by Nick Dobbins
Monthly analysis is based on unadjusted employment data.
Minneapolis-St. Paul-Bloomington Metropolitan Statistical Area (MSA)
Employment in the Minneapolis-St. Paul MSA increased by 4,694 (0.2 percent) in March. The end of winter brought employment increases in Leisure and Hospitality (up 2,994 or 1.7 percent) and Mining, Logging, and Construction (up 929, 1.4 percent). Financial Activities also added jobs, up 1,235 (0.8 percent), on the month. Government employment, on the other hand, dipped in March. Its employment was down 1,541 (0.6 percent), primarily from a loss of 1,327 jobs (0.8 percent) in Local Government employment, which was split relatively evenly between educational and non-educational services. Annually, employment in the metro area was up by 33,925 jobs (1.8 percent). Information remained the only supersector to lose employment on the year, down 53 jobs (0.1 percent). Some of the sharpest increases came in Educational and Health Services and Leisure and Hospitality, both of which grew by 3.6 percent for the year, adding 11,386 jobs and 6,021 jobs, respectively. Health Care and Social Assistance, a component of the Educational and Health Services supersector, actually added more jobs, 9003, than any supersector save its parent. As a testament to the sector’s size, that accounted for only a 3.4 percent change in its employment. The other component sector, Educational Services, added just 2,383 jobs, although that represented a 5.2 percent change in its annual employment.
The Duluth-Superior MSA added just 48 jobs (0 percent) in March. This flat growth was the result of limited movement in most of the MSA’s supersectors. The only supersectors with a monthly change of more than 0.4 percent were Mining, Logging, and Construction (up 74 jobs or 1 percent), Other Services (up 62 jobs or 1 percent) and Information (down 10 jobs or 0.7 percent). Annually, employment in Duluth was down by 2,592 jobs (1.9 percent) as the job market in the area continued to struggle. March was the eighth straight month of over-the-year jobs losses for Duluth, and it was the only MSA in the state to show an annual decline in employment. The losses are generally concentrated in the area’s goods producing industries, with Mining, Logging, and Construction losing 872 jobs (10.2 percent) and Manufacturing losing 719 (9.7 percent). However, the picture isn’t all bad for the area, as the 1.9 percent over-the-year decline is an improvement over February’s 2 percent annual decline, as well as the recent low-point, November’s 2.9 percent annual decline.
Employment in the Rochester MSA was up in March, adding 592 jobs (0.5 percent) over February estimates. Notable growth occurred in Mining, Logging, and Construction (up 83 jobs or 2.2 percent), Professional and Business Services (up 178 jobs or 3.3 percent), and Leisure and Hospitality (up 155 jobs, 1.7 percent). The Information, Financial Activities, and Educational and Health Services supersectors all lost employment, although each shed fewer than 100 jobs, and only Financial Activities (down 15 jobs or 0.6 percent) lost more than one-half of 1 percent of its employment. Annually, employment in the Rochester MSA was up by 2,408 jobs (2.1 percent). Among the notable increases were Mining, Logging, and Construction, which added 269 jobs (7.5 percent), Trade, Transportation, and Utilities, which added 630 jobs (3.6 percent), and Educational and Health Services, which added 1,864 jobs (4.1 percent). Leisure and Hospitality stands out among the job-losers, off by 320 (3.3 percent) from March of 2015.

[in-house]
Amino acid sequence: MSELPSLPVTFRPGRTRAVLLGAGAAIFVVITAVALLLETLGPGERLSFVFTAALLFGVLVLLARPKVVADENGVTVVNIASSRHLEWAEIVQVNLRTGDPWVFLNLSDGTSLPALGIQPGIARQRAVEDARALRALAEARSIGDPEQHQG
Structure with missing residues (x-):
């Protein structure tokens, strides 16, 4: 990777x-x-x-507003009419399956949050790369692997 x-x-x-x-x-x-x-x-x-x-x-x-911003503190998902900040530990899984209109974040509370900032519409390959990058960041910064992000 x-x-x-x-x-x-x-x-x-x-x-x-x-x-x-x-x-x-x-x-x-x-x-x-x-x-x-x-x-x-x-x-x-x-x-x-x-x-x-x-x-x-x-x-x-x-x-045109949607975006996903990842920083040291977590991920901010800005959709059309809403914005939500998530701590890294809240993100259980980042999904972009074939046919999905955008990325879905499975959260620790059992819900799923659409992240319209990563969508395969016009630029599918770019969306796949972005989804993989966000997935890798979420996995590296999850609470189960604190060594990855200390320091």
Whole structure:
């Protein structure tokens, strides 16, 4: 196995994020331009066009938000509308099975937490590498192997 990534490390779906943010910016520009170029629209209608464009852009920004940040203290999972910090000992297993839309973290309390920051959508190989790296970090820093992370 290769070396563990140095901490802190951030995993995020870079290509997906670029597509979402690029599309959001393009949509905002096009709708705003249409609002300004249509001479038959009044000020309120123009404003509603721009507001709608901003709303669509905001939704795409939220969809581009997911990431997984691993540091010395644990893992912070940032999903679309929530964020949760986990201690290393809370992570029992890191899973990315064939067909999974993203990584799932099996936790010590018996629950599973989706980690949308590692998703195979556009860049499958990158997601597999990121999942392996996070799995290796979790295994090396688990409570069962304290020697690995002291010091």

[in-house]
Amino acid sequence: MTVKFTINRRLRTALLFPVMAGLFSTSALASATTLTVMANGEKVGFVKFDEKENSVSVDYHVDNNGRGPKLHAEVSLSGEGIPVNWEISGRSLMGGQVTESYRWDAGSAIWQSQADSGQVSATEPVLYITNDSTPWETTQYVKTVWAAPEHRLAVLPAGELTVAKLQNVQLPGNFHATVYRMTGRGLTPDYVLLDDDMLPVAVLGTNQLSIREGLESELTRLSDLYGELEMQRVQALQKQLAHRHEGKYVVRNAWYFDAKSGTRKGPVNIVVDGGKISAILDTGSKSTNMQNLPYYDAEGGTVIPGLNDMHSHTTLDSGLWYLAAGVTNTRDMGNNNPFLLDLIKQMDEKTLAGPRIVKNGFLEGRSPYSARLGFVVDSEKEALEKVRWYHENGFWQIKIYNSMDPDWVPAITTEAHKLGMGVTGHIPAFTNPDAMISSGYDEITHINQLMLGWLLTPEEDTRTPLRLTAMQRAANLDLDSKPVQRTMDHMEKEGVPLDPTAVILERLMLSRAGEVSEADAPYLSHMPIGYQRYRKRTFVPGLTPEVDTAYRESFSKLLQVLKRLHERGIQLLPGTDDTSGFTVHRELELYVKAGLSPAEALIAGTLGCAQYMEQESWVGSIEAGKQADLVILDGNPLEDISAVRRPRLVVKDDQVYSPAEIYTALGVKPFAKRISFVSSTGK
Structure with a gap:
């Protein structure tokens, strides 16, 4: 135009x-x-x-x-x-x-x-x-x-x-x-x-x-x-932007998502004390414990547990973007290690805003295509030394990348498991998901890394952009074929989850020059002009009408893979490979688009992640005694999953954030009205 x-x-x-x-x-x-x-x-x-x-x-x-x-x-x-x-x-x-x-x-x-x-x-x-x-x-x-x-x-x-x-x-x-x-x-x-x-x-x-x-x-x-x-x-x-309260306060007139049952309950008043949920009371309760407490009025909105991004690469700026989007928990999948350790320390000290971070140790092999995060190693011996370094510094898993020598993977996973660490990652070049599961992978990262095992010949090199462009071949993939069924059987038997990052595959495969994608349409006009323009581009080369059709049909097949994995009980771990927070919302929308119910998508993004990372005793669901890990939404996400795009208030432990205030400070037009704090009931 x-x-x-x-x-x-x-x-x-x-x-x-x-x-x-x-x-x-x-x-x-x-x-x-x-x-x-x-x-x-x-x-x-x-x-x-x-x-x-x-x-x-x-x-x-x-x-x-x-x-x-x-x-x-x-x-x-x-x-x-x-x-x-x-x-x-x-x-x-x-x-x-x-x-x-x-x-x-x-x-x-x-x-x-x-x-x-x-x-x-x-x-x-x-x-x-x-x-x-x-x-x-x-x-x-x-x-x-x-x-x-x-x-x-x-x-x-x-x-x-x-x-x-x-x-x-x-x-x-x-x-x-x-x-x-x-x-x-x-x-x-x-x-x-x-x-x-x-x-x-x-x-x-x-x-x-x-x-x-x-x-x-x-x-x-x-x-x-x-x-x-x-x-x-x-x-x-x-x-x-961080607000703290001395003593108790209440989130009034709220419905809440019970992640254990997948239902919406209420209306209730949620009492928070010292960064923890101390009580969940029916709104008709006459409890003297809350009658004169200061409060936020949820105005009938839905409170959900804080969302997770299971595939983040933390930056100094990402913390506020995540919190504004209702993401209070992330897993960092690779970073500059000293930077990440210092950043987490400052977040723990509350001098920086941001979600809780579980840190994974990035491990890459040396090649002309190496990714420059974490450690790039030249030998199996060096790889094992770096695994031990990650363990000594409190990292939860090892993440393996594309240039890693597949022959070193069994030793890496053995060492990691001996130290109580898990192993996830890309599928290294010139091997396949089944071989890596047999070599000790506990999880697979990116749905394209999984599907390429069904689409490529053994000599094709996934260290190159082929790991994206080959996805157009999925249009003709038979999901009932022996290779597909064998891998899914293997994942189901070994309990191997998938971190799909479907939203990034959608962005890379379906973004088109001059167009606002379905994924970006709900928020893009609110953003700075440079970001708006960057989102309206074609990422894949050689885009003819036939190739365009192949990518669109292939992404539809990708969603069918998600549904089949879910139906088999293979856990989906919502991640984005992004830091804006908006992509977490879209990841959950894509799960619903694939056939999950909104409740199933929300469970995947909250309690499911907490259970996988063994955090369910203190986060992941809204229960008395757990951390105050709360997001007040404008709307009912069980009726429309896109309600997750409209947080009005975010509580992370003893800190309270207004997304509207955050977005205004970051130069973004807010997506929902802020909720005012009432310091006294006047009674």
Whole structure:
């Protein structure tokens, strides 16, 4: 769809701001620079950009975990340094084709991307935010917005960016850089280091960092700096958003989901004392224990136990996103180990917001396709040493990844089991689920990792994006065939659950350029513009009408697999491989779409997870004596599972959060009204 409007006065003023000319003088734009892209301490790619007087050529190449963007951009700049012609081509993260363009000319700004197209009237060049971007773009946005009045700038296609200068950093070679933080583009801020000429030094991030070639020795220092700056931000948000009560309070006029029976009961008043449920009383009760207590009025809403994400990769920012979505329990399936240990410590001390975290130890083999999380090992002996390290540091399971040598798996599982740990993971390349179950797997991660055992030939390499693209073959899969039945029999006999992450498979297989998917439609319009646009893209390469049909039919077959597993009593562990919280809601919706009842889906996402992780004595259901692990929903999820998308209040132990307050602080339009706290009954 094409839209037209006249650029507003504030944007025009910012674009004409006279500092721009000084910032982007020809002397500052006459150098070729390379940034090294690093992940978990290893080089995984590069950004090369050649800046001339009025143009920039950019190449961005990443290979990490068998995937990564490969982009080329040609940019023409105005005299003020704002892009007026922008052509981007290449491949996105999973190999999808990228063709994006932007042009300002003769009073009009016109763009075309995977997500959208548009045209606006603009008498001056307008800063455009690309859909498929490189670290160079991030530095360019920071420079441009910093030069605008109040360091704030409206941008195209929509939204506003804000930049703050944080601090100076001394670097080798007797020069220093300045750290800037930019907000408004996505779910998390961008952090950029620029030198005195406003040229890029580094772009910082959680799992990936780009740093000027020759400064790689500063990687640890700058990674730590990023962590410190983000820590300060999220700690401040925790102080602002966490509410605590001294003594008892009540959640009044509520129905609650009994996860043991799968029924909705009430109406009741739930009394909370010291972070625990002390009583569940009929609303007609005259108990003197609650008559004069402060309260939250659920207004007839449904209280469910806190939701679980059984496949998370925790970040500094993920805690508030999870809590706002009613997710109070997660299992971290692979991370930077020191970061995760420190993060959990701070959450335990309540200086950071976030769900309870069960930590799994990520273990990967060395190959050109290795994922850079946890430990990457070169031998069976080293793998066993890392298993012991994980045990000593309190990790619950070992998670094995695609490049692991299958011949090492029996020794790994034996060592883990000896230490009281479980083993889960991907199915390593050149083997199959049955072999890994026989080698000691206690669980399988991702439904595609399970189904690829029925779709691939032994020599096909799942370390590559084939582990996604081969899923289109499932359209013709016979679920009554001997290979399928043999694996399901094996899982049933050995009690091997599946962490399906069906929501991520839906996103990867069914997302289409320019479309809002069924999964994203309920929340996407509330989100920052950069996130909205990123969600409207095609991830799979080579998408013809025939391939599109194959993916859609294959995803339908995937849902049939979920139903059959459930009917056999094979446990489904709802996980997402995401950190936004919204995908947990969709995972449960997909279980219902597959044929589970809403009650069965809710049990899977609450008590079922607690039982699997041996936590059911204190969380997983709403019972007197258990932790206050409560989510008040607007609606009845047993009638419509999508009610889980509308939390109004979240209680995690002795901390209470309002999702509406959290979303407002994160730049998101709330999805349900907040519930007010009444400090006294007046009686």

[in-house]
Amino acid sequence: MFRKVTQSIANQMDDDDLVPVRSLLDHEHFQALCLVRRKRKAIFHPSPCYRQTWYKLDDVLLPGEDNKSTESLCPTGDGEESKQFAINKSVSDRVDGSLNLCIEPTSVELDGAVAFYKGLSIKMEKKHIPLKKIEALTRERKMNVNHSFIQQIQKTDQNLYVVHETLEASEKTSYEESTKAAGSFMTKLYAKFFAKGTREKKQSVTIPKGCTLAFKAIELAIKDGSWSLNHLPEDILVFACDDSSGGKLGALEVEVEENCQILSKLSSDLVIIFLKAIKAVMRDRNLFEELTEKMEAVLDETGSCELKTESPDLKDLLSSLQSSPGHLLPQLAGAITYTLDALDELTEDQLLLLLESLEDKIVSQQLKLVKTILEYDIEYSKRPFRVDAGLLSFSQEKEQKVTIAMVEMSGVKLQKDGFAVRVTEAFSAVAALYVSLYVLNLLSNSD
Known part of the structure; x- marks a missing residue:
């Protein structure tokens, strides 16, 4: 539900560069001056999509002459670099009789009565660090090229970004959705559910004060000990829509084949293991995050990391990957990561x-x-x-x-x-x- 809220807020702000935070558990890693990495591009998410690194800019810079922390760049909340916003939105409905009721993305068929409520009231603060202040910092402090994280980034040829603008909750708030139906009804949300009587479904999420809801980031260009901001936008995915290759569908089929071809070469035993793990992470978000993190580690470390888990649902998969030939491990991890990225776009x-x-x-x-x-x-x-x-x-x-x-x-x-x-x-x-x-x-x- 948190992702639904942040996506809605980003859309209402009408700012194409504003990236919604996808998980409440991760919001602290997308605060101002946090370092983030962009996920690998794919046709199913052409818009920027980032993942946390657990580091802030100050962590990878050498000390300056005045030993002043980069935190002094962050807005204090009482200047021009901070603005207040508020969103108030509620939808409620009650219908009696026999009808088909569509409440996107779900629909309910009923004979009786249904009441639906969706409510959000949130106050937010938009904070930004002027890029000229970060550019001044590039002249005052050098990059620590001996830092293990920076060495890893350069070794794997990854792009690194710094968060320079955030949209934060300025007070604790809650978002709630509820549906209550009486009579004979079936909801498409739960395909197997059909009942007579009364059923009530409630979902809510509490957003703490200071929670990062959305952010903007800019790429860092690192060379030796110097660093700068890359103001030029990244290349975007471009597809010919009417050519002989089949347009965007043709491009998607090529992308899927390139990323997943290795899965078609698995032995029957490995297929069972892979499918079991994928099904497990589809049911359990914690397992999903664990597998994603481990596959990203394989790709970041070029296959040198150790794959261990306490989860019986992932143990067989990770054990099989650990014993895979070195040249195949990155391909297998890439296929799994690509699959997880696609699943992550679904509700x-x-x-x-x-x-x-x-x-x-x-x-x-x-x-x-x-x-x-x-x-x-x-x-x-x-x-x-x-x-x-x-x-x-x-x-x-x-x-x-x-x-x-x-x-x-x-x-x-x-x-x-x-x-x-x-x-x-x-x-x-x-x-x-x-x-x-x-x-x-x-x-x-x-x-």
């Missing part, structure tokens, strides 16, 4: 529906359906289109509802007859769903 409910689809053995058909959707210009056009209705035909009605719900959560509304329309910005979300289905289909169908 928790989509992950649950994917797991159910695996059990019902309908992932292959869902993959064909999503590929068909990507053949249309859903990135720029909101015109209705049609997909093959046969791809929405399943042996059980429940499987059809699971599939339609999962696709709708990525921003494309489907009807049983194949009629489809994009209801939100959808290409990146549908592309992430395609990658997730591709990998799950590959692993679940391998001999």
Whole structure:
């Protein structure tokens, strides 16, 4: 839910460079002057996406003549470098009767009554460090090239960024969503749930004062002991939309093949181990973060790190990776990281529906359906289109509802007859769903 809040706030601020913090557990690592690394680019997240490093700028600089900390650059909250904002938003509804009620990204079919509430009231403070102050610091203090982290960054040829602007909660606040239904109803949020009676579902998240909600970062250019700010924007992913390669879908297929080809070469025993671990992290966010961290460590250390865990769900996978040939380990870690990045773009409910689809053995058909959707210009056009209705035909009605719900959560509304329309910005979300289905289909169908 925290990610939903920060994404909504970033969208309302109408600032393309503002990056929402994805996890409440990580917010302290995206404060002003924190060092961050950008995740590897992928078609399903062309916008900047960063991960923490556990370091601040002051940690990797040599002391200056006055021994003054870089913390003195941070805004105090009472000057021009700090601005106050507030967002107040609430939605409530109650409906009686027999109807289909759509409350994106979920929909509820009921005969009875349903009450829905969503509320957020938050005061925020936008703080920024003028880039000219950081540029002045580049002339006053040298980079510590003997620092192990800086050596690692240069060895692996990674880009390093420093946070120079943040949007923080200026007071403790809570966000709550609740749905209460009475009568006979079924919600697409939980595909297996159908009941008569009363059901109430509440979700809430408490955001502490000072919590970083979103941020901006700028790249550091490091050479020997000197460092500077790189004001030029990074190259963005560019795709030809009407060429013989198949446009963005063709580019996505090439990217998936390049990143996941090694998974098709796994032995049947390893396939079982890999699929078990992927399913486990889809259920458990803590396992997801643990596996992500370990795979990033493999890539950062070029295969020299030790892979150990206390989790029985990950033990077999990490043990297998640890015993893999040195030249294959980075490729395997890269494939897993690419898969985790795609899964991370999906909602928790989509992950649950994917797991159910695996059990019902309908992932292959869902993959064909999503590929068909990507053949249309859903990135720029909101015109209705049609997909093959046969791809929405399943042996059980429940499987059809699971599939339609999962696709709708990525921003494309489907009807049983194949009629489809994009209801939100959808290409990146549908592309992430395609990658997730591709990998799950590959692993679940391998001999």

St. Cloud MSA
The St. Cloud MSA lost 190 jobs (0.2 percent) in March, largely caused by a drop of 312 (1.4 percent) in Trade, Transportation, and Utilities. That loss was driven primarily by a steep decline in one of its component sectors, Retail Trade, which shed 285 jobs or 2.2 percent on the month. The largest monthly increase came in Mining, Logging, and Construction, which added 126 jobs (2.2 percent) for the month. Over the year St. Cloud added 2,012 jobs (1.9 percent). Among the notable growth areas Educational and Health Services added 794 jobs (3.8 percent), and Professional and Business Services added 405 (4.8 percent).
Mankato-North Mankato MSA
Employment in the Mankato-North Mankato MSA was largely flat in March, losing 5 jobs (0 percent) from February estimates. Goods Producers lost 85 jobs (0.9 percent) while Service Providers added 80 (0.2 percent). Government employment was up by 20 (0.2 percent) for the month. Annually, the Mankato MSA added 760 jobs (1.4 percent). All of that gain came from Service Providers who added 1,131 jobs (2.5 percent) to overcome the loss of 371 jobs (3.8 percent) among Goods Producers.
Employment in the Fargo-Moorhead MSA was up by 108 jobs (0.1 percent) in March. Mining, Logging, and Construction added the most jobs, up by 230 (2.9 percent), while Professional and Business Services lost the most jobs, down 187 (1.1 percent). Annually, the Fargo-Moorhead MSA added 2,416 jobs (1.77 percent). The increase came entirely from service providing industries, as Goods Producers lost 168 jobs (0.9 percent) thanks to a decline of 385 (3.8 percent) in Manufacturing employment. Employment among Service Providers was broad-based, with Trade, Transportation, and Utilities (down 69 or 0.2 percent) and Other Services (down 79 or 1.5 percent), the only service providing supersectors to lose employment.
Grand Forks-East Grand Forks MSA
Employment in the Grand Forks-East Grand Forks MSA grew in March as the area added 191 jobs (0.3 percent). The increase was driven in large part by growth in the Leisure and Hospitality supersector, which added 209 jobs (3.5 percent). The monthly growth was also enough to keep the MSA in the black for over-the-year jobs growth, as employment was up by 130 jobs (0.2 percent) over March of 2014.